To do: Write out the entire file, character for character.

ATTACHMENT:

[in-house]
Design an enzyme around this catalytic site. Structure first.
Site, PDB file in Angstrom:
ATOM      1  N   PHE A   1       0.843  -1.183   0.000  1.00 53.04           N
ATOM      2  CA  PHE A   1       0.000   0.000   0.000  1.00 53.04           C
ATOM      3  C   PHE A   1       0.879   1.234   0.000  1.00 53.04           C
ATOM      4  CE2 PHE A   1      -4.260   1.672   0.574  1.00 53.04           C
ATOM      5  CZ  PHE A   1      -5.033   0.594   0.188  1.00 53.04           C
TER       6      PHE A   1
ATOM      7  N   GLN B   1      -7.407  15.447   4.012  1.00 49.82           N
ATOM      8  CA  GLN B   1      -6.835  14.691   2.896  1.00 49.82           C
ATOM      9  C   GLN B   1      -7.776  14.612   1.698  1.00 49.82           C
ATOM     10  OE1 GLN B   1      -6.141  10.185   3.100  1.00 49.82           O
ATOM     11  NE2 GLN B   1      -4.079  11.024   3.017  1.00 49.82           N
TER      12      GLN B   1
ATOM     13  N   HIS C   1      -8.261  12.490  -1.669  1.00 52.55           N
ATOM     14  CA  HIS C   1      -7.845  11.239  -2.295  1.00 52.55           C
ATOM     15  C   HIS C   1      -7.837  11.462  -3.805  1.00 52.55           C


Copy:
[in-house]
Design an enzyme around this catalytic site. Structure first.
Site, PDB file in Angstrom:
ATOM      1  N   PHE A   1       0.843  -1.183   0.000  1.00 53.04           N
ATOM      2  CA  PHE A   1       0.000   0.000   0.000  1.00 53.04           C
ATOM      3  C   PHE A   1       0.879   1.234   0.000  1.00 53.04           C
ATOM      4  CE2 PHE A   1      -4.260   1.672   0.574  1.00 53.04           C
ATOM      5  CZ  PHE A   1      -5.033   0.594   0.188  1.00 53.04           C
TER       6      PHE A   1
ATOM      7  N   GLN B   1      -7.407  15.447   4.012  1.00 49.82           N
ATOM      8  CA  GLN B   1      -6.835  14.691   2.896  1.00 49.82           C
ATOM      9  C   GLN B   1      -7.776  14.612   1.698  1.00 49.82           C
ATOM     10  OE1 GLN B   1      -6.141  10.185   3.100  1.00 49.82           O
ATOM     11  NE2 GLN B   1      -4.079  11.024   3.017  1.00 49.82           N
TER      12      GLN B   1
ATOM     13  N   HIS C   1      -8.261  12.490  -1.669  1.00 52.55           N
ATOM     14  CA  HIS C   1      -7.845  11.239  -2.295  1.00 52.55           C
ATOM     15  C   HIS C   1      -7.837  11.462  -3.805  1.00 52.55           C